But no matter the causes of this disparity, strong evidence still supports the idea that endogenous factors are not responsible for the stark differences in labor market outcomes between Latino and non-Hispanic white Americans. There are systemic reasons linked to ethnic discrimination, xenophobia, and racism—not personal choices—that are preventing full employment and participation in the labor force among Latinos in this country. Fortunately, there exists a slew of targeted policy proposals that would drastically change the status quo of Latino employment outcomes.
Instability, underemployment, and discrimination
Consider first the relatively high instability facing Latino workers. A 2016 report by the BLS highlights that high levels of involuntary part-time status disproportionately harm Latino workers, especially during recession years when rates of Latinos involuntarily working part time increase much more dramatically than rates for non-Hispanic white workers.3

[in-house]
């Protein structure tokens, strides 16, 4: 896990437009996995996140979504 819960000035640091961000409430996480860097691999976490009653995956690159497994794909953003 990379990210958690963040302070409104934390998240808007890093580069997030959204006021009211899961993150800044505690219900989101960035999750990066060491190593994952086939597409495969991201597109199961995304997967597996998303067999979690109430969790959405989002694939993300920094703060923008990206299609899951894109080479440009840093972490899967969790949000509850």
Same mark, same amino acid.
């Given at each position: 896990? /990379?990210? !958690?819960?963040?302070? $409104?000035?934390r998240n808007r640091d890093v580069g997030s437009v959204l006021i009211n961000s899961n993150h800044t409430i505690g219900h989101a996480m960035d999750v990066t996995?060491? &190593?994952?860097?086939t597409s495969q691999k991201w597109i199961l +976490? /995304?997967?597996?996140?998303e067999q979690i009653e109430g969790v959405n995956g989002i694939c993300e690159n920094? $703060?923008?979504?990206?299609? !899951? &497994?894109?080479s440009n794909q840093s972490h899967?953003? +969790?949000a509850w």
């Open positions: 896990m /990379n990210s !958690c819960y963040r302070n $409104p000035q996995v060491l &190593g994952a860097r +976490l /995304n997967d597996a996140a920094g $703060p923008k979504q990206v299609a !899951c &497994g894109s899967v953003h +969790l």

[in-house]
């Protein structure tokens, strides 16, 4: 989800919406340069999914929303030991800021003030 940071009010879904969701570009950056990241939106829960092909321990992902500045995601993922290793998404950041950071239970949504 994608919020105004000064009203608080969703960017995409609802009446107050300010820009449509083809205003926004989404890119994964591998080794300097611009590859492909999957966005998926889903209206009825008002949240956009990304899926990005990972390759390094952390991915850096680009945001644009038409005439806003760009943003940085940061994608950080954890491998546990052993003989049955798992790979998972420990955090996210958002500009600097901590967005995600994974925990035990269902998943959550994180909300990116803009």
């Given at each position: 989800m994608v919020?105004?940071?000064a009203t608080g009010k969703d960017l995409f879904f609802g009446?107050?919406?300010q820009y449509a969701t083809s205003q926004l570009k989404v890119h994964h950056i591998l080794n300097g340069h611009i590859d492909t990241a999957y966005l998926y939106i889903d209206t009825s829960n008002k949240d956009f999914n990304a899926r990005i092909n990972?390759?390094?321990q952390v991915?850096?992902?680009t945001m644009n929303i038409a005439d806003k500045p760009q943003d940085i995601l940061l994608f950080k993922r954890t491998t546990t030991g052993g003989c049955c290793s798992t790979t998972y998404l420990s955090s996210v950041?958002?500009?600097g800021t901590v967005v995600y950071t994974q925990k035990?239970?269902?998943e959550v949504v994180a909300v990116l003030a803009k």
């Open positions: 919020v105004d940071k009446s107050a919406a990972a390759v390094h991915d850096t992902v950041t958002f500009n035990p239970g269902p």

One potential explanation for this disparity could be the nature of work in which Latinos are engaged, which tends to skew toward industries that are more seasonal and more prone to economic shocks. In 2018, Latino workers represented just 17.8 percent of the workforce overall but constituted 27.6 percent in construction; 31.6 percent in agriculture, forestry, fishing, and hunting; and 23.8 percent in the accommodation and food services industries.4 These industries are more closely tied to the business cycle than the economy overall, and their higher cyclicality results in less stable employment for their workers. Latinos are overrepresented in these industries, which tend to have workers with lower levels of educational attainment, potentially due to the lower percentage of Latino workers with a college education. In 2018, 17 percent of all Latinos older than age 25 had a bachelor’s degree or higher; for non-Hispanic white people, that figure was 36.3 percent.5